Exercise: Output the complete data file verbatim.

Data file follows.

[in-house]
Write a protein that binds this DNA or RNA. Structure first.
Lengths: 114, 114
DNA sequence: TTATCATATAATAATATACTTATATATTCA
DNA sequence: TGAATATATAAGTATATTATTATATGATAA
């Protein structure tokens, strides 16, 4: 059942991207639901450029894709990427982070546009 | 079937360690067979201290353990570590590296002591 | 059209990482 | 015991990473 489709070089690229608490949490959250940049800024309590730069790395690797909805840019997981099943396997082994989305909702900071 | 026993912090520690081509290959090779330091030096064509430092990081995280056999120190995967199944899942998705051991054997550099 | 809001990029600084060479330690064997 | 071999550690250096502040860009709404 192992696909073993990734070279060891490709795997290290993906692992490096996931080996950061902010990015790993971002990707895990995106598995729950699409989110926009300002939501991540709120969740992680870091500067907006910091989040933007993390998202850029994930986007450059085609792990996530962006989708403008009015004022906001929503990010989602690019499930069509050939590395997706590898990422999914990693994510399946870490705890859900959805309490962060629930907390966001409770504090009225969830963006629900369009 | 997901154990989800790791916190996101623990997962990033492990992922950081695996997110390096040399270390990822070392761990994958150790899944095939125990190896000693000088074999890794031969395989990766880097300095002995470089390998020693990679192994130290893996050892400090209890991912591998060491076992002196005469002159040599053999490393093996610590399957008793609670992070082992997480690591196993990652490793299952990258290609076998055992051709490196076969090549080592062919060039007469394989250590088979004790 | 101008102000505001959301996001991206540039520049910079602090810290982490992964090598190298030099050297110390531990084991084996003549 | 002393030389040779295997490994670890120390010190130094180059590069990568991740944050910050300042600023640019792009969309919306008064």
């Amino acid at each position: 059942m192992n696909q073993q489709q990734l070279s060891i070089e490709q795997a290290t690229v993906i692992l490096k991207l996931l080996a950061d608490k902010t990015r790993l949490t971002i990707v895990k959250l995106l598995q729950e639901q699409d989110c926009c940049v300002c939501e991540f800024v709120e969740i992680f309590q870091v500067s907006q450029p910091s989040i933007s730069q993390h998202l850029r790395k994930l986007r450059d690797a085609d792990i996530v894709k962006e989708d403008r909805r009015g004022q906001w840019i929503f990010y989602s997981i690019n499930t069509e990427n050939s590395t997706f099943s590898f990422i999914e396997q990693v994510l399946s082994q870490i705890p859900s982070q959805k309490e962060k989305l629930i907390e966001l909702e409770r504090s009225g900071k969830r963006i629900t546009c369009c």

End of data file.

[in-house]
Write a protein that binds this DNA or RNA. Structure first.
Lengths: 114, 114
DNA sequence: TTATCATATAATAATATACTTATATATTCA
DNA sequence: TGAATATATAAGTATATTATTATATGATAA
């Protein structure tokens, strides 16, 4: 059942991207639901450029894709990427982070546009 | 079937360690067979201290353990570590590296002591 | 059209990482 | 015991990473 489709070089690229608490949490959250940049800024309590730069790395690797909805840019997981099943396997082994989305909702900071 | 026993912090520690081509290959090779330091030096064509430092990081995280056999120190995967199944899942998705051991054997550099 | 809001990029600084060479330690064997 | 071999550690250096502040860009709404 192992696909073993990734070279060891490709795997290290993906692992490096996931080996950061902010990015790993971002990707895990995106598995729950699409989110926009300002939501991540709120969740992680870091500067907006910091989040933007993390998202850029994930986007450059085609792990996530962006989708403008009015004022906001929503990010989602690019499930069509050939590395997706590898990422999914990693994510399946870490705890859900959805309490962060629930907390966001409770504090009225969830963006629900369009 | 997901154990989800790791916190996101623990997962990033492990992922950081695996997110390096040399270390990822070392761990994958150790899944095939125990190896000693000088074999890794031969395989990766880097300095002995470089390998020693990679192994130290893996050892400090209890991912591998060491076992002196005469002159040599053999490393093996610590399957008793609670992070082992997480690591196993990652490793299952990258290609076998055992051709490196076969090549080592062919060039007469394989250590088979004790 | 101008102000505001959301996001991206540039520049910079602090810290982490992964090598190298030099050297110390531990084991084996003549 | 002393030389040779295997490994670890120390010190130094180059590069990568991740944050910050300042600023640019792009969309919306008064």
């Amino acid at each position: 059942m192992n696909q073993q489709q990734l070279s060891i070089e490709q795997a290290t690229v993906i692992l490096k991207l996931l080996a950061d608490k902010t990015r790993l949490t971002i990707v895990k959250l995106l598995q729950e639901q699409d989110c926009c940049v300002c939501e991540f800024v709120e969740i992680f309590q870091v500067s907006q450029p910091s989040i933007s730069q993390h998202l850029r790395k994930l986007r450059d690797a085609d792990i996530v894709k962006e989708d403008r909805r009015g004022q906001w840019i929503f990010y989602s997981i690019n499930t069509e990427n050939s590395t997706f099943s590898f990422i999914e396997q990693v994510l399946s082994q870490i705890p859900s982070q959805k309490e962060k989305l629930i907390e966001l909702e409770r504090s009225g900071k969830r963006i629900t546009c369009c």